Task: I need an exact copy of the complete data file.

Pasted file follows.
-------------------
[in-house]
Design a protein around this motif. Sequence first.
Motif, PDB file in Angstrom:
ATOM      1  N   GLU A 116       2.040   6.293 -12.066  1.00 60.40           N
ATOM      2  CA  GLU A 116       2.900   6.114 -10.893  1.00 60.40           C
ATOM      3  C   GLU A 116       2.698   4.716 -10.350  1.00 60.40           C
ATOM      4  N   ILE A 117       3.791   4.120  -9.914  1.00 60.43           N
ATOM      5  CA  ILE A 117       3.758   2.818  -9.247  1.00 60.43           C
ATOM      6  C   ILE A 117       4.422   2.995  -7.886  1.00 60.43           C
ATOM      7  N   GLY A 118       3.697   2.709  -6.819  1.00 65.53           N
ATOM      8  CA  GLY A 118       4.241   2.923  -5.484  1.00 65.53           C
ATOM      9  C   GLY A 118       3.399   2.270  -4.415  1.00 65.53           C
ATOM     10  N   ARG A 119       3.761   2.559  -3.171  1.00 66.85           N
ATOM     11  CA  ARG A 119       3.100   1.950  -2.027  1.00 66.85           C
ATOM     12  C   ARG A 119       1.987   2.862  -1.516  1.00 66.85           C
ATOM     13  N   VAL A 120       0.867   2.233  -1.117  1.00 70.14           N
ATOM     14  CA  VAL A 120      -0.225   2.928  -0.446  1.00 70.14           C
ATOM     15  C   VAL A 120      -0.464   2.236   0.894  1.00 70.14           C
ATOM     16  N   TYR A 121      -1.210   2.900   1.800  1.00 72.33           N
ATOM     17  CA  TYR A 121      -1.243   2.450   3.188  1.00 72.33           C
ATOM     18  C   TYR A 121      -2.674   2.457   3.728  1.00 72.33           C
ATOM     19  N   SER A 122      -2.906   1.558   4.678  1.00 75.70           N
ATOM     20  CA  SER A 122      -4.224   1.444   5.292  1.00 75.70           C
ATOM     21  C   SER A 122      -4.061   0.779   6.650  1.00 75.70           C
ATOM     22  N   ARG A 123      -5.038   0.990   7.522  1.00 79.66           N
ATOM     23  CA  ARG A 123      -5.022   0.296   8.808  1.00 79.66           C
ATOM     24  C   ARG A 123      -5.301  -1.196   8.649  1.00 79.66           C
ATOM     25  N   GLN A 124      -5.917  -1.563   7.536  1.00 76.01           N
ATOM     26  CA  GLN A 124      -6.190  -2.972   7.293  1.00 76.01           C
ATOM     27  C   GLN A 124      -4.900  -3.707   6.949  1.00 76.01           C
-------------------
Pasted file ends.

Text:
[in-house]
Design a protein around this motif. Sequence first.
Motif, PDB file in Angstrom:
ATOM      1  N   GLU A 116       2.040   6.293 -12.066  1.00 60.40           N
ATOM      2  CA  GLU A 116       2.900   6.114 -10.893  1.00 60.40           C
ATOM      3  C   GLU A 116       2.698   4.716 -10.350  1.00 60.40           C
ATOM      4  N   ILE A 117       3.791   4.120  -9.914  1.00 60.43           N
ATOM      5  CA  ILE A 117       3.758   2.818  -9.247  1.00 60.43           C
ATOM      6  C   ILE A 117       4.422   2.995  -7.886  1.00 60.43           C
ATOM      7  N   GLY A 118       3.697   2.709  -6.819  1.00 65.53           N
ATOM      8  CA  GLY A 118       4.241   2.923  -5.484  1.00 65.53           C
ATOM      9  C   GLY A 118       3.399   2.270  -4.415  1.00 65.53           C
ATOM     10  N   ARG A 119       3.761   2.559  -3.171  1.00 66.85           N
ATOM     11  CA  ARG A 119       3.100   1.950  -2.027  1.00 66.85           C
ATOM     12  C   ARG A 119       1.987   2.862  -1.516  1.00 66.85           C
ATOM     13  N   VAL A 120       0.867   2.233  -1.117  1.00 70.14           N
ATOM     14  CA  VAL A 120      -0.225   2.928  -0.446  1.00 70.14           C
ATOM     15  C   VAL A 120      -0.464   2.236   0.894  1.00 70.14           C
ATOM     16  N   TYR A 121      -1.210   2.900   1.800  1.00 72.33           N
ATOM     17  CA  TYR A 121      -1.243   2.450   3.188  1.00 72.33           C
ATOM     18  C   TYR A 121      -2.674   2.457   3.728  1.00 72.33           C
ATOM     19  N   SER A 122      -2.906   1.558   4.678  1.00 75.70           N
ATOM     20  CA  SER A 122      -4.224   1.444   5.292  1.00 75.70           C
ATOM     21  C   SER A 122      -4.061   0.779   6.650  1.00 75.70           C
ATOM     22  N   ARG A 123      -5.038   0.990   7.522  1.00 79.66           N
ATOM     23  CA  ARG A 123      -5.022   0.296   8.808  1.00 79.66           C
ATOM     24  C   ARG A 123      -5.301  -1.196   8.649  1.00 79.66           C
ATOM     25  N   GLN A 124      -5.917  -1.563   7.536  1.00 76.01           N
ATOM     26  CA  GLN A 124      -6.190  -2.972   7.293  1.00 76.01           C
ATOM     27  C   GLN A 124      -4.900  -3.707   6.949  1.00 76.01           C